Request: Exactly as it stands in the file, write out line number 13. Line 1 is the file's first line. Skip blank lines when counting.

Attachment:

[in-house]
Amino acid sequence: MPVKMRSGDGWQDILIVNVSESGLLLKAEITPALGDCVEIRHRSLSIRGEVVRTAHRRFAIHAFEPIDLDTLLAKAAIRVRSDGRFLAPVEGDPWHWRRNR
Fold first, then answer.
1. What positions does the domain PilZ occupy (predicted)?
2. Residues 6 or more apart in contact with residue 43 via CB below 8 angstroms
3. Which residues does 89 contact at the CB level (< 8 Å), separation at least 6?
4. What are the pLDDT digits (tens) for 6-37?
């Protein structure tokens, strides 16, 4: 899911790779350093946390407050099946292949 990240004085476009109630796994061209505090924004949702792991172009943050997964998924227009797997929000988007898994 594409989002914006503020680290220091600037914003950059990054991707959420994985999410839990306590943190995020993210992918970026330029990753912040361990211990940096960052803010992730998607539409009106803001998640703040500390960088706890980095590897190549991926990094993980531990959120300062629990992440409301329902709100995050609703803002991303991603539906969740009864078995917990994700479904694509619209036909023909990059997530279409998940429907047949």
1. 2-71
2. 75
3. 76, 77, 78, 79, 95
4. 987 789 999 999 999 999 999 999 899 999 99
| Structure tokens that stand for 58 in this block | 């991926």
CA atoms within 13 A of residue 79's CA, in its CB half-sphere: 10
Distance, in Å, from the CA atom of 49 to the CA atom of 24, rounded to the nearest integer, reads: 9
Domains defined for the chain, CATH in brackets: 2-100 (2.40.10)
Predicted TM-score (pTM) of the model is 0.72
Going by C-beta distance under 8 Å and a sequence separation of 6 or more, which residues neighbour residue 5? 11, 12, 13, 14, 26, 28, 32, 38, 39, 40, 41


| Structure tokens that stand for 58 in this block | 């991926």